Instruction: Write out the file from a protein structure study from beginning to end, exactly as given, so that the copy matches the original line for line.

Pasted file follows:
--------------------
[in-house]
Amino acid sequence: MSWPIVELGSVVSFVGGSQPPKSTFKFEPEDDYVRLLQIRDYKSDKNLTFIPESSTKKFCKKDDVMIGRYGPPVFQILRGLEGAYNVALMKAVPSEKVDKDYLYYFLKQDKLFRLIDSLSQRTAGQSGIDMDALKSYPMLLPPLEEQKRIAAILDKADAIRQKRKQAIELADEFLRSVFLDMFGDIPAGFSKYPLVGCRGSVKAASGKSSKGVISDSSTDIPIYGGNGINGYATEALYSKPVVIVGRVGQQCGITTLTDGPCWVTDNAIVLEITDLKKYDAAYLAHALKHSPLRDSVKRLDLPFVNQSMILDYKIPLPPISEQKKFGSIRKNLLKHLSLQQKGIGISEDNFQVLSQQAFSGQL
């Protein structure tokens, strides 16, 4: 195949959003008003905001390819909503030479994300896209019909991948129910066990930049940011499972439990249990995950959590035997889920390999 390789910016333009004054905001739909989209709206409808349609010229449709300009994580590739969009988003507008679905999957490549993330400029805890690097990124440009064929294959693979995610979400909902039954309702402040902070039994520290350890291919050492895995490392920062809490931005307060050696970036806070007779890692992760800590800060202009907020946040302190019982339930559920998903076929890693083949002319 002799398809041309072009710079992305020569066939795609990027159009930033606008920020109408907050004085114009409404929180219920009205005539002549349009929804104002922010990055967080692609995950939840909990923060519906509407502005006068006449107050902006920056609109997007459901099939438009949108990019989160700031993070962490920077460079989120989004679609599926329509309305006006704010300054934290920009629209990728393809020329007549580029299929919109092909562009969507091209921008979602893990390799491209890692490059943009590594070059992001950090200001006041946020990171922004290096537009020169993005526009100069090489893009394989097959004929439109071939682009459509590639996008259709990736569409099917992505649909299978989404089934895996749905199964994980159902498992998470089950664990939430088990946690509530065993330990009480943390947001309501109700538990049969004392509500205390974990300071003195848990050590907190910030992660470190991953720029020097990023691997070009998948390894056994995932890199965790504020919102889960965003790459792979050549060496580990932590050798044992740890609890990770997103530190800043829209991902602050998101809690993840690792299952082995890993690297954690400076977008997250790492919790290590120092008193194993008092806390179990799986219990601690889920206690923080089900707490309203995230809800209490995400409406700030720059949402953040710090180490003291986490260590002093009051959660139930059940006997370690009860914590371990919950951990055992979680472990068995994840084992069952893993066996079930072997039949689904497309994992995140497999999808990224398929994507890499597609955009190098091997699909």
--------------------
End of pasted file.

[in-house]
Amino acid sequence: MSWPIVELGSVVSFVGGSQPPKSTFKFEPEDDYVRLLQIRDYKSDKNLTFIPESSTKKFCKKDDVMIGRYGPPVFQILRGLEGAYNVALMKAVPSEKVDKDYLYYFLKQDKLFRLIDSLSQRTAGQSGIDMDALKSYPMLLPPLEEQKRIAAILDKADAIRQKRKQAIELADEFLRSVFLDMFGDIPAGFSKYPLVGCRGSVKAASGKSSKGVISDSSTDIPIYGGNGINGYATEALYSKPVVIVGRVGQQCGITTLTDGPCWVTDNAIVLEITDLKKYDAAYLAHALKHSPLRDSVKRLDLPFVNQSMILDYKIPLPPISEQKKFGSIRKNLLKHLSLQQKGIGISEDNFQVLSQQAFSGQL
């Protein structure tokens, strides 16, 4: 195949959003008003905001390819909503030479994300896209019909991948129910066990930049940011499972439990249990995950959590035997889920390999 390789910016333009004054905001739909989209709206409808349609010229449709300009994580590739969009988003507008679905999957490549993330400029805890690097990124440009064929294959693979995610979400909902039954309702402040902070039994520290350890291919050492895995490392920062809490931005307060050696970036806070007779890692992760800590800060202009907020946040302190019982339930559920998903076929890693083949002319 002799398809041309072009710079992305020569066939795609990027159009930033606008920020109408907050004085114009409404929180219920009205005539002549349009929804104002922010990055967080692609995950939840909990923060519906509407502005006068006449107050902006920056609109997007459901099939438009949108990019989160700031993070962490920077460079989120989004679609599926329509309305006006704010300054934290920009629209990728393809020329007549580029299929919109092909562009969507091209921008979602893990390799491209890692490059943009590594070059992001950090200001006041946020990171922004290096537009020169993005526009100069090489893009394989097959004929439109071939682009459509590639996008259709990736569409099917992505649909299978989404089934895996749905199964994980159902498992998470089950664990939430088990946690509530065993330990009480943390947001309501109700538990049969004392509500205390974990300071003195848990050590907190910030992660470190991953720029020097990023691997070009998948390894056994995932890199965790504020919102889960965003790459792979050549060496580990932590050798044992740890609890990770997103530190800043829209991902602050998101809690993840690792299952082995890993690297954690400076977008997250790492919790290590120092008193194993008092806390179990799986219990601690889920206690923080089900707490309203995230809800209490995400409406700030720059949402953040710090180490003291986490260590002093009051959660139930059940006997370690009860914590371990919950951990055992979680472990068995994840084992069952893993066996079930072997039949689904497309994992995140497999999808990224398929994507890499597609955009190098091997699909």